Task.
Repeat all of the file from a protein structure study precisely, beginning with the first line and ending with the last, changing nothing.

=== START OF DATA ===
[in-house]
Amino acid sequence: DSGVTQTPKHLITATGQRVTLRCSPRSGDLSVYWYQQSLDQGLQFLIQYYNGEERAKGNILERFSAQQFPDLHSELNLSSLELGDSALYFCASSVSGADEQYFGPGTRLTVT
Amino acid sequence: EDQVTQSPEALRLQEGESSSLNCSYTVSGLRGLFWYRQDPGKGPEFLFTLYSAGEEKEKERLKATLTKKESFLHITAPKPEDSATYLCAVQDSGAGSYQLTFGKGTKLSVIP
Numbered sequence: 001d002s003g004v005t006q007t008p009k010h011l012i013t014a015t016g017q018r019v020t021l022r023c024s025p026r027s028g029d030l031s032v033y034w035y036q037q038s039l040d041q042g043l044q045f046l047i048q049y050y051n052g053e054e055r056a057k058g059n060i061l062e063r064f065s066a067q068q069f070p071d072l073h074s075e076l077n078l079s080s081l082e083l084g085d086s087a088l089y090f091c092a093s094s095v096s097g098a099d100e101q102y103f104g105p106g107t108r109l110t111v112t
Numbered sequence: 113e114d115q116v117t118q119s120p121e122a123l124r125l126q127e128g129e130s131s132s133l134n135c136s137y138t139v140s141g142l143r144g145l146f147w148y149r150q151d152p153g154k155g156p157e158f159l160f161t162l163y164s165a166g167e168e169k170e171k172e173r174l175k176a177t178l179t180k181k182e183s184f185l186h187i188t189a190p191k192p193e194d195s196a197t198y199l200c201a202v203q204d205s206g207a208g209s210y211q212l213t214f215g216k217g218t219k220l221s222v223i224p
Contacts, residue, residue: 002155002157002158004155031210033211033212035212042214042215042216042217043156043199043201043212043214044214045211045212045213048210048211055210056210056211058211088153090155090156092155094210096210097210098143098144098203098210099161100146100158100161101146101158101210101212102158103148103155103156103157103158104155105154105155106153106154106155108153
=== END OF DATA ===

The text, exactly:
[in-house]
Amino acid sequence: DSGVTQTPKHLITATGQRVTLRCSPRSGDLSVYWYQQSLDQGLQFLIQYYNGEERAKGNILERFSAQQFPDLHSELNLSSLELGDSALYFCASSVSGADEQYFGPGTRLTVT
Amino acid sequence: EDQVTQSPEALRLQEGESSSLNCSYTVSGLRGLFWYRQDPGKGPEFLFTLYSAGEEKEKERLKATLTKKESFLHITAPKPEDSATYLCAVQDSGAGSYQLTFGKGTKLSVIP
Numbered sequence: 001d002s003g004v005t006q007t008p009k010h011l012i013t014a015t016g017q018r019v020t021l022r023c024s025p026r027s028g029d030l031s032v033y034w035y036q037q038s039l040d041q042g043l044q045f046l047i048q049y050y051n052g053e054e055r056a057k058g059n060i061l062e063r064f065s066a067q068q069f070p071d072l073h074s075e076l077n078l079s080s081l082e083l084g085d086s087a088l089y090f091c092a093s094s095v096s097g098a099d100e101q102y103f104g105p106g107t108r109l110t111v112t
Numbered sequence: 113e114d115q116v117t118q119s120p121e122a123l124r125l126q127e128g129e130s131s132s133l134n135c136s137y138t139v140s141g142l143r144g145l146f147w148y149r150q151d152p153g154k155g156p157e158f159l160f161t162l163y164s165a166g167e168e169k170e171k172e173r174l175k176a177t178l179t180k181k182e183s184f185l186h187i188t189a190p191k192p193e194d195s196a197t198y199l200c201a202v203q204d205s206g207a208g209s210y211q212l213t214f215g216k217g218t219k220l221s222v223i224p
Contacts, residue, residue: 002155002157002158004155031210033211033212035212042214042215042216042217043156043199043201043212043214044214045211045212045213048210048211055210056210056211058211088153090155090156092155094210096210097210098143098144098203098210099161100146100158100161101146101158101210101212102158103148103155103156103157103158104155105154105155106153106154106155108153